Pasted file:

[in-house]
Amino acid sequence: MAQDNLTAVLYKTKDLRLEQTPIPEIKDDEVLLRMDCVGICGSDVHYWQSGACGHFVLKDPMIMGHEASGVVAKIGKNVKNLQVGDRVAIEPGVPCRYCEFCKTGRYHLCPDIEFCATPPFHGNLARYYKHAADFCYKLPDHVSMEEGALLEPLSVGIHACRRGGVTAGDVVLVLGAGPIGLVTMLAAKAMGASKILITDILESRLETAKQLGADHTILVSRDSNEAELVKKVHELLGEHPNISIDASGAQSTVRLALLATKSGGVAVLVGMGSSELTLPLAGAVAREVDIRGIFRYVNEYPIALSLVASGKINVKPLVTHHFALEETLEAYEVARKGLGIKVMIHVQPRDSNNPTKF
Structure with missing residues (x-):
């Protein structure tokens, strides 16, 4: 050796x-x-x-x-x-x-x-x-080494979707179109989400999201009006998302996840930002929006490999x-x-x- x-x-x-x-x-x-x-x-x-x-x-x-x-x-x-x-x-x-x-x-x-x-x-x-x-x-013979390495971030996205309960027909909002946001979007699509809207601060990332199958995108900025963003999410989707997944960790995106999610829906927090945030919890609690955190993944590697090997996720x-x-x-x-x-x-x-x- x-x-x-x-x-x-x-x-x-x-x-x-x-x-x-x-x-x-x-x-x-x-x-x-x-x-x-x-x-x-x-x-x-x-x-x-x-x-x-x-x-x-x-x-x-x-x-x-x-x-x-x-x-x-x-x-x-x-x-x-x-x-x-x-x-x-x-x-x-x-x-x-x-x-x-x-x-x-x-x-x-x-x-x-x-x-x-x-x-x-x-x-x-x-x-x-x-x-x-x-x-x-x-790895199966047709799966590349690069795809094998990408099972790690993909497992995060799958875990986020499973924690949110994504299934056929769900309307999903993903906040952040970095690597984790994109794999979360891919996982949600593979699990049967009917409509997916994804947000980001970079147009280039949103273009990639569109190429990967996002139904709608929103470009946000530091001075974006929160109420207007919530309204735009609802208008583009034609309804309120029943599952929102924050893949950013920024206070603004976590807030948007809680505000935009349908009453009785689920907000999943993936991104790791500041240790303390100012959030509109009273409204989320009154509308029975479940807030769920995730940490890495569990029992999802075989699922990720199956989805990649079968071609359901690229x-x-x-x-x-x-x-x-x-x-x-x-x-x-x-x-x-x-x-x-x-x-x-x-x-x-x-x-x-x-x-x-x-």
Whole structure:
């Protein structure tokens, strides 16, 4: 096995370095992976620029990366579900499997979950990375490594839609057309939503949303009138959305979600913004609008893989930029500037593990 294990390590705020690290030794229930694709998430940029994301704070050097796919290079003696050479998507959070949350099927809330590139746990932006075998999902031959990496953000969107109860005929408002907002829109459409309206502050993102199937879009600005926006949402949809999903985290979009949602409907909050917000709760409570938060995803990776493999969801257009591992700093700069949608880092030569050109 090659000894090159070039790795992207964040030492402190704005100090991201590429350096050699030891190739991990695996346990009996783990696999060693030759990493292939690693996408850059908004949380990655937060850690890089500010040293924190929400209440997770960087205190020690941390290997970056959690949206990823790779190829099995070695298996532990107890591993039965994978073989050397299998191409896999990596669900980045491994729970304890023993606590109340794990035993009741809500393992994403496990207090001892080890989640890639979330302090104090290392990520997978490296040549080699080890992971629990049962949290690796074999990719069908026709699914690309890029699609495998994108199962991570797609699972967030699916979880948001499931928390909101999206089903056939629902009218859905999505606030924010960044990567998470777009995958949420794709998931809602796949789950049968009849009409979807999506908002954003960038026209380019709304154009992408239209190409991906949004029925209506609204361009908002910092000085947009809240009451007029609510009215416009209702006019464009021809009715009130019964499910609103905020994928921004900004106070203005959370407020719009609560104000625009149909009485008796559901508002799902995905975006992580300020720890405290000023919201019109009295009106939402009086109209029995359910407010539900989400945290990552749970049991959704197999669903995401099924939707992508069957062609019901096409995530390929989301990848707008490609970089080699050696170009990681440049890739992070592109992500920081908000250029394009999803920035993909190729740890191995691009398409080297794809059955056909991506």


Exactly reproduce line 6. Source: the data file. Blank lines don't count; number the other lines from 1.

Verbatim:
């Protein structure tokens, strides 16, 4: 096995370095992976620029990366579900499997979950990375490594839609057309939503949303009138959305979600913004609008893989930029500037593990 294990390590705020690290030794229930694709998430940029994301704070050097796919290079003696050479998507959070949350099927809330590139746990932006075998999902031959990496953000969107109860005929408002907002829109459409309206502050993102199937879009600005926006949402949809999903985290979009949602409907909050917000709760409570938060995803990776493999969801257009591992700093700069949608880092030569050109 090659000894090159070039790795992207964040030492402190704005100090991201590429350096050699030891190739991990695996346990009996783990696999060693030759990493292939690693996408850059908004949380990655937060850690890089500010040293924190929400209440997770960087205190020690941390290997970056959690949206990823790779190829099995070695298996532990107890591993039965994978073989050397299998191409896999990596669900980045491994729970304890023993606590109340794990035993009741809500393992994403496990207090001892080890989640890639979330302090104090290392990520997978490296040549080699080890992971629990049962949290690796074999990719069908026709699914690309890029699609495998994108199962991570797609699972967030699916979880948001499931928390909101999206089903056939629902009218859905999505606030924010960044990567998470777009995958949420794709998931809602796949789950049968009849009409979807999506908002954003960038026209380019709304154009992408239209190409991906949004029925209506609204361009908002910092000085947009809240009451007029609510009215416009209702006019464009021809009715009130019964499910609103905020994928921004900004106070203005959370407020719009609560104000625009149909009485008796559901508002799902995905975006992580300020720890405290000023919201019109009295009106939402009086109209029995359910407010539900989400945290990552749970049991959704197999669903995401099924939707992508069957062609019901096409995530390929989301990848707008490609970089080699050696170009990681440049890739992070592109992500920081908000250029394009999803920035993909190729740890191995691009398409080297794809059955056909991506």